Saturday, June 28, 2014
Friday, June 27, 2014
We are back from two weeks of adventure in Paris and London with my brother and his family, capping it off with two days at Wimbledon to see the early rounds of tennis. He and I used to dream of going to all of the grand slam events when we were teenagers. Tennis was really big back then.
Yes, they do eat strawberries and cream at Wimbledon. And the strawberries were fantastic. Not sure what the cream adds.
They also served something called Eton Mess, a delicious mix of whipping cream, mangled fruit and broken up bits of meringue. But, more on that, and other food adventures at a later date.
Yesterday, for our first meal after we got back, Tom made one of his best "go-to" recipes, Orechiette with Broccoli Rabe and Sausage, while I did the laundry and we worked our way through the mail.
It is great to travel but it is also wonderful to be home.
Monday, June 23, 2014
Grilled Portabella Sandwich
Note from B: Posted this back in June of 2009, the first year of Feast Everyday. This is an over-the-top grilled sandwich with many layers of flavors.
I'd never tried grilling portabella mushrooms before. It's much easier than I expected. Tom was away, and it was a hot day, and I didn't want to use the stove in the house.
I thought I'd experiment with the fixings, too. I think I was worried that just a mushroom would be boring, so I may have gone a little overboard: fresh thyme and sherry for the portabella, an onion to caramelize, a mousse terrine to smear on the Ciabatta roll, smoked provolone and roasted red pepper.
Caramelized an onion, low and slow for about 20 minutes, while I made everything else. I added a pinch of salt and sugar at the beginning.
Doused the mushrooms in sherry and sprinkled them with fresh thyme. FYI - I should have oiled them so they didn't stick to the grill. I cooked them on a preheated grill, on medium, covered for 10 minutes without moving them.
Here's how they came out. The sherry was a little too strong. Maybe sherry vinegar mixed with olive oil would be better next time. Still, they were very good.
While the mushrooms and onions were cooking, I smeared a little mousse on one side of the roll, and put shavings of the smoked provolone on the other side. Not too much. Wanted the mushroom to be the star.
The mousse I chose contained pork, chicken livers and truffles, but there are a variety of these in our store, even a vegan version, if you want your sandwich to be vegetarian. And I had never had smoked provolone before, but it was fantastic!
Added a drained, dried a roasted red pepper from a jar. A big portion of caramelized onions and then the mushroom.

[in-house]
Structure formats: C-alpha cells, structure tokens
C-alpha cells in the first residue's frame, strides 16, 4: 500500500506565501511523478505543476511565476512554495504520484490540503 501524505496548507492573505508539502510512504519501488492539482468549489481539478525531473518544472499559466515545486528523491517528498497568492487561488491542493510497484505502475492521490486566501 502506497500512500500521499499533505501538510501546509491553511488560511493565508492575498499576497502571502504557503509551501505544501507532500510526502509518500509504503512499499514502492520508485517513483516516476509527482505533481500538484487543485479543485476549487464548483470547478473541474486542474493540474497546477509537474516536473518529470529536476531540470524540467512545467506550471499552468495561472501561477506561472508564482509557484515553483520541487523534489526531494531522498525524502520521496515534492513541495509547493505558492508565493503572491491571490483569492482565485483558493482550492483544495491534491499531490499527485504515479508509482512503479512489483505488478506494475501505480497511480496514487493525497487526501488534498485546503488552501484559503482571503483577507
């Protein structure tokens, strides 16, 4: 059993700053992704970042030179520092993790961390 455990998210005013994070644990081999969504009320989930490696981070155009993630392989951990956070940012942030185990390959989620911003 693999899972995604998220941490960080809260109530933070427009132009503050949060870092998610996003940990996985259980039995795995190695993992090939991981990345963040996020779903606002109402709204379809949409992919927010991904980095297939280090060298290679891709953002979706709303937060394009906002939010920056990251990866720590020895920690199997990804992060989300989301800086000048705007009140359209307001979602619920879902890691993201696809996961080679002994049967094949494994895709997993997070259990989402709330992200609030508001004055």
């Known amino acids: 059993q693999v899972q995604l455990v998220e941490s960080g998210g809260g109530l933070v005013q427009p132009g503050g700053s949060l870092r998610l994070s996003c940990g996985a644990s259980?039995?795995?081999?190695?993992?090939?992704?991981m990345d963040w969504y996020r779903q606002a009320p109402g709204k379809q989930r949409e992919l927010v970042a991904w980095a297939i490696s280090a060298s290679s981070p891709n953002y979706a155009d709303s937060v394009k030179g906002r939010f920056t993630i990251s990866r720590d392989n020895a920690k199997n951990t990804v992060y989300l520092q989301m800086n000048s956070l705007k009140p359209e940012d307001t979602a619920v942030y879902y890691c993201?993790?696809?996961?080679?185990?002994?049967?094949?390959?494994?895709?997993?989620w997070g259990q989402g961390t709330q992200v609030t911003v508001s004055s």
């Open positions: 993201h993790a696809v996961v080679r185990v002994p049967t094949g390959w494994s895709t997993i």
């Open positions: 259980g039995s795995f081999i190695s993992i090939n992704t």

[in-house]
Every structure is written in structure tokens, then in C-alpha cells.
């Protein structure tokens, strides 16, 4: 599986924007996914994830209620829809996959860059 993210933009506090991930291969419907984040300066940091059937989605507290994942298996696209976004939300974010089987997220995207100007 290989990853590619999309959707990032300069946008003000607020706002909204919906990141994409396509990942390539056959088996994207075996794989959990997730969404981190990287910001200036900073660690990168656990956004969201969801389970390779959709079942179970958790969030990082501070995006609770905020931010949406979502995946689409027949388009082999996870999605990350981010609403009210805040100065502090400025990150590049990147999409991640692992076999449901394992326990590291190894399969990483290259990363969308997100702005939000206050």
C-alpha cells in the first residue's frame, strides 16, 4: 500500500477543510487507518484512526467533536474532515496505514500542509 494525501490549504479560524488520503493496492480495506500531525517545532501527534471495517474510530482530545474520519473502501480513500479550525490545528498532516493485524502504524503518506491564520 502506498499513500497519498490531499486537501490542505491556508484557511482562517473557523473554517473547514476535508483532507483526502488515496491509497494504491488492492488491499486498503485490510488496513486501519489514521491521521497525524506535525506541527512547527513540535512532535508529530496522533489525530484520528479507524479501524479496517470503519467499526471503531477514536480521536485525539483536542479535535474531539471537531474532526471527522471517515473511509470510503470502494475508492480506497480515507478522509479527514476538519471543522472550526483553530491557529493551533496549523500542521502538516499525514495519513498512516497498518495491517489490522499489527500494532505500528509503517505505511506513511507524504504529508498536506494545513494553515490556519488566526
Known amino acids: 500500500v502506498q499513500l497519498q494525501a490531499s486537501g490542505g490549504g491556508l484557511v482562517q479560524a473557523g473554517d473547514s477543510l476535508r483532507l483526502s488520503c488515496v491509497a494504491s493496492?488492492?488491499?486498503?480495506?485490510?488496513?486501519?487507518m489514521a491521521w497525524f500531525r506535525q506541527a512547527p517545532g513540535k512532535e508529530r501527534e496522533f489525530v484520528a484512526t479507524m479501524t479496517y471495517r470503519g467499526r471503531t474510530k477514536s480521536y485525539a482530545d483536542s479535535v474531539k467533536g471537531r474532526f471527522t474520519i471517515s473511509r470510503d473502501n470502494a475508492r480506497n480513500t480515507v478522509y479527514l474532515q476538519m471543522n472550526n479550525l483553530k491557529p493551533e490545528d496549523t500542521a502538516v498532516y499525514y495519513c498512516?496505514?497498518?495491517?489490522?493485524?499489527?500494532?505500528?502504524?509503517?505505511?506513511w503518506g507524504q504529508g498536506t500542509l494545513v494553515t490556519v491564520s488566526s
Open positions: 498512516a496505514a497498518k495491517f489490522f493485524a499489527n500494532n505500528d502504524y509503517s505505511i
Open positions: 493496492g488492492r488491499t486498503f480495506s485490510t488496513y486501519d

To make a dressing for a side salad, I added olive oil and a dab of mustard to some of the sherry and thyme. Salt and pepper, too. Then I mixed it together and coated the lettuce.
My mouth was watering as I assembled it. It turned out to be a little messy to eat, but oh-soo-good!
I chopped up the leftover veggies and made sort of a cold ratatouille for lunch the next day.
Friday, June 20, 2014
Monday, June 16, 2014
Photo by BarbaraNote from B: Reposting this delicious recipe from Colleen from 2009 in case you never tried it.
Years ago, before we had kids, your parents came to visit. I took your mom to a place in Menlo Park called Allied Artists. It is a lovely group of buildings with Spanish-style architecture that houses all sorts of crafts people (painters, potters, needleworkers, weavers, lampworkers, etc.)
There was a restaurant run by the Women's Auxiliary to support Stanford's Children's Hospital. We had lunch and you could buy little recipe cards in the gift shop for your favorites. We had a wonderful carrot soup called Potage Crecy.
As I have been going through the photos, I've found all sorts of pictures of your mom. I even dreamed about her last night. I rooted around and found the recipe card and decided to make the soup in her honor and because it has been very cold and wet (i.e. soup weather.) It was as good as I remembered:
2 Tbs. butter
1 1/2 cups finely chopped onion
3 cups finely chopped carrot
1 quart chicken stock
3 tsp. tomato paste
2 Tbs. raw rice
2 tsp. salt
1/4 tsp. white pepper
1/2 cup heavy cream
1 Tbs. butter
In a heavy sauce pan, melt 2 tbs. butter. Stir in onions and cook until soft, but not brown. Add carrots, stock, tomato paste, and rice. Simmer gently, uncovered, 45 minutes. Put through a blender (or use an immersion blender). Season and stir in cream. Reheat and stir in remaining butter. Garnish with parsely. 6-8 large servings.
- I got tomato paste with garlic by accident (type was too small to read at store) and that didn't seem to matter.
- I also used regular, freshly-ground pepper.
- I didn't finely chop the veggies - it is easier to just cook a little longer until the bigger pieces are soft.
- Plus I added a little olive oil to the onions and butter so they wouldn't burn.
- The rice really thickens the soup, so I only used 1/4 cup cream and 1/4 cup of milk. You could leave both out entirely. I tasted it before I added the milk/cream and it was delicious.
FYI: Crecy is an area of France, I think. Or maybe a town. My guess is a member of the auxiliary found this soup on her travels and brought it back to the restaurant.
Friday, June 13, 2014
Wednesday, June 11, 2014
David Lebovitz's Cookbook: My Paris Kitchen
At the bookstore, I intended to buy a cookbook for our granddaughter's 7th birthday ---but couldn't find anything appropriate, does anyone have one to recommend? --- but came home with a gift for myself: "My Paris Kitchen" by David Lebovitz.
I was not aware of his popular blog "Living the Sweet Life in Paris" but now I am. Check it out: http://www.davidlebovitz.com/
He is a expat expert in French/California cooking with some international flavors. And a baker.
What made me not want to leave the bookstore without his cookbook were three things:
1. His writing style is fun and engaging. Not too fussy or rigid in his thinking and approach to food. I love a cookbook when you can hear the author's voice as you follow along.
2. Buckwheat --- one of my interests since we live near the buckwheat-growing "capital"--- was in many of the recipes ---which surprised me --- and intrigued me.
3. And there is a whole section on baking madeleines! Given my recent experience with them, I am hoping he can teach me how to make them properly.
Oh, and did I say, he also loves chocolate!
Monday, June 9, 2014
At Wegman's last week, I ran in to friend and blog contributor, Chris S., and asked her about her Sesame Chicken recipe which I ran across when I was looking for the Asian BBQ Chicken recipe I recently posted.
Is it a good recipe? I couldn't remember it. She said "yes!"
"Plus I remember when I first made it. It was for a fund-raiser at Corning Museum of Glass in the old auditorium and we played Twister!"